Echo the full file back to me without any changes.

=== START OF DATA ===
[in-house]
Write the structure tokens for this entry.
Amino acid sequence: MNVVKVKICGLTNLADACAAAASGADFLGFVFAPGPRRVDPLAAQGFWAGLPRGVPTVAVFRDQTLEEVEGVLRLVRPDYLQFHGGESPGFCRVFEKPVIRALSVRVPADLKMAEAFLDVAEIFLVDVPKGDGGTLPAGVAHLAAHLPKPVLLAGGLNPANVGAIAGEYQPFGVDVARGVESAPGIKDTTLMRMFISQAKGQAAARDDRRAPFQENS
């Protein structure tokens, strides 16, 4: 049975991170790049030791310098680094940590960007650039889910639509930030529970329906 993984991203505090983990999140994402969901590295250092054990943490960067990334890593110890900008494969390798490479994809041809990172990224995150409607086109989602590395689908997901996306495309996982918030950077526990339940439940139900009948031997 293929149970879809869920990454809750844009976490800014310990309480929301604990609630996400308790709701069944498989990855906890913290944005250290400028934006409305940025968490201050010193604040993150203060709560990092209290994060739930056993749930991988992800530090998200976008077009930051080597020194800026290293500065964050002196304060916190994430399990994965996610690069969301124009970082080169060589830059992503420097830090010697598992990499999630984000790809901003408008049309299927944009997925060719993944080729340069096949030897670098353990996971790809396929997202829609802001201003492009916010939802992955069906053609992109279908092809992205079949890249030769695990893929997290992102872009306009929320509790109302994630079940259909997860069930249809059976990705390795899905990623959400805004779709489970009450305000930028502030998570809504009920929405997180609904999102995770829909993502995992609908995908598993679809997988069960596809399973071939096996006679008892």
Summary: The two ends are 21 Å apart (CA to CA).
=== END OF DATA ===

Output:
[in-house]
Write the structure tokens for this entry.
Amino acid sequence: MNVVKVKICGLTNLADACAAAASGADFLGFVFAPGPRRVDPLAAQGFWAGLPRGVPTVAVFRDQTLEEVEGVLRLVRPDYLQFHGGESPGFCRVFEKPVIRALSVRVPADLKMAEAFLDVAEIFLVDVPKGDGGTLPAGVAHLAAHLPKPVLLAGGLNPANVGAIAGEYQPFGVDVARGVESAPGIKDTTLMRMFISQAKGQAAARDDRRAPFQENS
């Protein structure tokens, strides 16, 4: 049975991170790049030791310098680094940590960007650039889910639509930030529970329906 993984991203505090983990999140994402969901590295250092054990943490960067990334890593110890900008494969390798490479994809041809990172990224995150409607086109989602590395689908997901996306495309996982918030950077526990339940439940139900009948031997 293929149970879809869920990454809750844009976490800014310990309480929301604990609630996400308790709701069944498989990855906890913290944005250290400028934006409305940025968490201050010193604040993150203060709560990092209290994060739930056993749930991988992800530090998200976008077009930051080597020194800026290293500065964050002196304060916190994430399990994965996610690069969301124009970082080169060589830059992503420097830090010697598992990499999630984000790809901003408008049309299927944009997925060719993944080729340069096949030897670098353990996971790809396929997202829609802001201003492009916010939802992955069906053609992109279908092809992205079949890249030769695990893929997290992102872009306009929320509790109302994630079940259909997860069930249809059976990705390795899905990623959400805004779709489970009450305000930028502030998570809504009920929405997180609904999102995770829909993502995992609908995908598993679809997988069960596809399973071939096996006679008892």
Summary: The two ends are 21 Å apart (CA to CA).